Jessica McNamee is no stranger to the big budget Hollywood scene, but Mortal Kombat could be one of her high pressure gigs thanks to the massive Mortal Kombat fan base and the studio’s high hopes for the potential franchise starter. The film casts Lewis Tan as Cole Young, an MMA fighter who didn’t believe in the dragon markings he’s had since he was born – until he meets a Special Forces Major named Jax (Mehcad Brooks) who urges Cole to visit Sonya Blade (McNamee). Then Cole learns that his marking actually means that he was chosen to fight the champions of Outworld to save Earthrealm.
When Mortal Kombat hit theaters on April 23 and HBO Max, McNamee joined us on an episode of Collider Ladies Night to recap her journey from idolizing Julia Roberts to Hollywood star herself. Stay tuned for the full interview to find out all about McNamee’s experience working on standout indie horror film The Loved Ones, how she starred on The Vow, memories of the set of The Meg, and more. But how about we give you a sneak peek at the Mortal Kombat part of our conversation now?
Image via Warner Bros.
What’s the first thing you do when you play the role of one of the most iconic characters in the video game franchise? This is how it went for McNamee:
“I just googled Sonya Blade. I read all of this and went into fandom. I mean it’s endless. And then I found it really helpful for me to see YouTubes from people playing the game and I got a real eye for what was going on and I learned more about the world. ”
For McNamee, it was less about delving into the character of Sonya and more about freshening up the whole world of Mortal Kombat. She laughed and admitted, “I was a Mario Kart pro, not so much a Mortal Kombat pro, so there was a lot to learn.”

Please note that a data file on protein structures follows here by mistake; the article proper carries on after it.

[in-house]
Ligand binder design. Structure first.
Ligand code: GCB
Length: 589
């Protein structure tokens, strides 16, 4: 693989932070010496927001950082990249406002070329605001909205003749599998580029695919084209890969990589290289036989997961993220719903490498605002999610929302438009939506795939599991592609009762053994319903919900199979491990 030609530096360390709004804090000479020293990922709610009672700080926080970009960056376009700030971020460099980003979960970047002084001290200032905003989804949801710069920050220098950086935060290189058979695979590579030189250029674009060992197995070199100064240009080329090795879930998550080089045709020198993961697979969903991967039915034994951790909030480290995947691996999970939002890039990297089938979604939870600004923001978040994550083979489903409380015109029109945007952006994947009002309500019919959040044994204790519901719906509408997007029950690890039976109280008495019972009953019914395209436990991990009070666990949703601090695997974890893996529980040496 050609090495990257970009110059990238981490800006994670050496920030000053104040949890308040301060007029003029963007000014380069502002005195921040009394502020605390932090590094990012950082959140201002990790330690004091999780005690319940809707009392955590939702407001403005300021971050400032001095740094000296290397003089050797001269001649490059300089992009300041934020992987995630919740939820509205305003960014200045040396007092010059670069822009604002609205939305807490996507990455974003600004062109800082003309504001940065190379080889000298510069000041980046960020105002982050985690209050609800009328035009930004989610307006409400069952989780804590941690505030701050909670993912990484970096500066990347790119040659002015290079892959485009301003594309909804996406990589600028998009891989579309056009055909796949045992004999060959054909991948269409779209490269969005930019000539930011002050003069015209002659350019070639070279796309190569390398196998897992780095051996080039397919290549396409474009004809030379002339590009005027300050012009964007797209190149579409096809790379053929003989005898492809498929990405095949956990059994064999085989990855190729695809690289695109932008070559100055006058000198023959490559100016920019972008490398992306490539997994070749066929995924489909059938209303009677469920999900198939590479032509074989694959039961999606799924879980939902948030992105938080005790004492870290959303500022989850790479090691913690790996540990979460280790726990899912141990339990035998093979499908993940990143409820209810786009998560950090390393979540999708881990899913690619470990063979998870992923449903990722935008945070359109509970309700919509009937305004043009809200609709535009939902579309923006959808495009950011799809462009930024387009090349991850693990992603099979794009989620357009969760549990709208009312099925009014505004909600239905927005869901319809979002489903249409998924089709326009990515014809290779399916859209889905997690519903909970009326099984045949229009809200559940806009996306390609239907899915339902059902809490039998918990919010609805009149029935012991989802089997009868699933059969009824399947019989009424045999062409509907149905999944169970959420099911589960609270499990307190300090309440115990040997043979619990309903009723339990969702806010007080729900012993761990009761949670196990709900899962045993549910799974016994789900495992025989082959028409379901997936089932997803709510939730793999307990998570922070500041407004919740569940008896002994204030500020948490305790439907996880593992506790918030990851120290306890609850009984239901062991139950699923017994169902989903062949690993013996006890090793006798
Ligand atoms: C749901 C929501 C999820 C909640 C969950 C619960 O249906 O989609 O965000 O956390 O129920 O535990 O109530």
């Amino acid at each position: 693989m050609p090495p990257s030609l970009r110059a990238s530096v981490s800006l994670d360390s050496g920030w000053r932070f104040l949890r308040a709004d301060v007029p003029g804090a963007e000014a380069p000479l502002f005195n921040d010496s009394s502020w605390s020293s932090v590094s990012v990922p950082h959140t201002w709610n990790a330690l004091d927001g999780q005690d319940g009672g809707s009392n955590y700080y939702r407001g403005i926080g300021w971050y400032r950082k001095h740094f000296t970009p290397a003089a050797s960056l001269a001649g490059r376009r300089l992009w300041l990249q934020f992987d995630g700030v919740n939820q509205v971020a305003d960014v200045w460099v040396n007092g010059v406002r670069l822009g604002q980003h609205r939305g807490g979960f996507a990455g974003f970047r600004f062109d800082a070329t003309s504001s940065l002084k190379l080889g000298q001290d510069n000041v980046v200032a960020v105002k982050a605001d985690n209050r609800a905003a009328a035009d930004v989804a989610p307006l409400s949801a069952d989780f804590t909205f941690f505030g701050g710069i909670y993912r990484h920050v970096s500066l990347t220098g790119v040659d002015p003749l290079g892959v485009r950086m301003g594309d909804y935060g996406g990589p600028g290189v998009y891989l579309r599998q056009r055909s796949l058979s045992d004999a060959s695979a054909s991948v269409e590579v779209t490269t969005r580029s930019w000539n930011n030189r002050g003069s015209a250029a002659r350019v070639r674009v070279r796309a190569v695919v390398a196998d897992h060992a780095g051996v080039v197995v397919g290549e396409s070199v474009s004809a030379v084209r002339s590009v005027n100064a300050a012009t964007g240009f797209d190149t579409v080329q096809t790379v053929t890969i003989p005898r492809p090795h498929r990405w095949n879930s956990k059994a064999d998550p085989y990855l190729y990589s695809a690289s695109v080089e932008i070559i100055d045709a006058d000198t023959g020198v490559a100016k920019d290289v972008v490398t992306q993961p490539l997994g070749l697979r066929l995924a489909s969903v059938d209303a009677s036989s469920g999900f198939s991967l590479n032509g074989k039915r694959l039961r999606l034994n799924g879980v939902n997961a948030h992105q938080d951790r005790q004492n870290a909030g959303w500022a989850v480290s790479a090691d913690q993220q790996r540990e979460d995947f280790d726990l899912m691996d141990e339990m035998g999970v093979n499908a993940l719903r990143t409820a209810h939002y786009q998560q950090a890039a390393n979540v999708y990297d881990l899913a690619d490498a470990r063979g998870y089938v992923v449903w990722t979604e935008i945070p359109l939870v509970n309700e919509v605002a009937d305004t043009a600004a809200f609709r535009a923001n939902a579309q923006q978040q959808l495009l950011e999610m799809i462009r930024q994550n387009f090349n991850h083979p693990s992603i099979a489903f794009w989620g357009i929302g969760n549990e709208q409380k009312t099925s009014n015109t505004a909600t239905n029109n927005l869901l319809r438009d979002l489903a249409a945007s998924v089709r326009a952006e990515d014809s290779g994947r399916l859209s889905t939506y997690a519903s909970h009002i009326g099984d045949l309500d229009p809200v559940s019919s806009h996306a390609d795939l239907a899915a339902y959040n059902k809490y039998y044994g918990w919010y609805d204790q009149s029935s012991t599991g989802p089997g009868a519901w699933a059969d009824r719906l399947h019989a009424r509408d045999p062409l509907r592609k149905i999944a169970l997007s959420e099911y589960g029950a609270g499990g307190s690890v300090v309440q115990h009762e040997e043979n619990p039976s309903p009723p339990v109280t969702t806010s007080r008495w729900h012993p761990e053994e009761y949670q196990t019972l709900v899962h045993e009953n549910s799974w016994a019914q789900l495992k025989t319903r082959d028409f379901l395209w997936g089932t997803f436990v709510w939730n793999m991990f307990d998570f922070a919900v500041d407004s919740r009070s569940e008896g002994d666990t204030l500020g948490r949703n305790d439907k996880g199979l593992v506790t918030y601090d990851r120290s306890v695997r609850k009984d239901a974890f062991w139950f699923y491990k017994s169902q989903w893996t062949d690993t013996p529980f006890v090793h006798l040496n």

Image via WB
When the prep work was complete, McNamee was able to bring this knowledge to a set under the direction of Simon McQuoid. Yes, McQuoid is a very accomplished commercial director, but Mortal Kombat is still a mightily ambitious first feature. So what was it about McQuoid that gave McNamee confidence that he would make the transition well? Here’s what she told us:
“I can’t say enough great things about this guy. He’s just such a good guy and he’s on set with him too. You wouldn’t even say it. And he’s not a first-time director in the sense that he’s staged some incredible things – amazing commercials and worked with some of the best athletes in the game. He’s been under a lot of pressure in his career and this was a letterpress film. You know there’s a lot of pressure from the fans, from the studio, I’m sure a lot of cooks in this kitchen. ”
Not only did McQuoid manage to keep his pressure under control, but he went out of his way to help his cast members do their best job. McNamee put it this way:
“We also all fought to be the best we could, and that sometimes meant fighting for – not against each other, but for ourselves. He struggled to find our voices, and he just did it with such grace. I never saw the guy ever lose his temper. It was wonderful. He was just always so cool, calm and collected. ”
Image via Warner Bros.
McNamee then further elucidated the type of “fight” she had experienced while working on Mortal Kombat:
“I shouldn’t say ‘fight’ because the great thing about Simon McQuoid is that he lets us play all the time. Even if I wanted that, be it a line or a look or whatever, he would always say yes. There never was, “I know better.” He would say, “Yeah, let’s try!” And then that was what looked best at the end of the day. So, no, there was nothing to fight for. I could ask, “Could I try this?” Or I’ll just try and he’d say “great” or “let’s try something different”. ”
If you’re looking for more of the Mortal Kombat star, stay tuned because Collider Ladies Night has it all! Keep an eye out for this full episode to learn about some of McNamee’s favorite Mortal Kombat set pieces, what it was like to work with Emma Stone and Steve Carell on Battle of the Sexes, and more.
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About the author
(2581 articles published)
Perri Nemiroff has been part of the Collider team since 2012. She is the co-host of Collider FYC, The Witching Hour, and host of the Collider Ladies Night interview series. Perri is a proud graduate of Columbia University’s Film MFA program and a member of the Broadcast Film Critics Association. Perri divides her time between Los Angeles and New York, but devotes every waking hour to her cat, Deputy Dewey.
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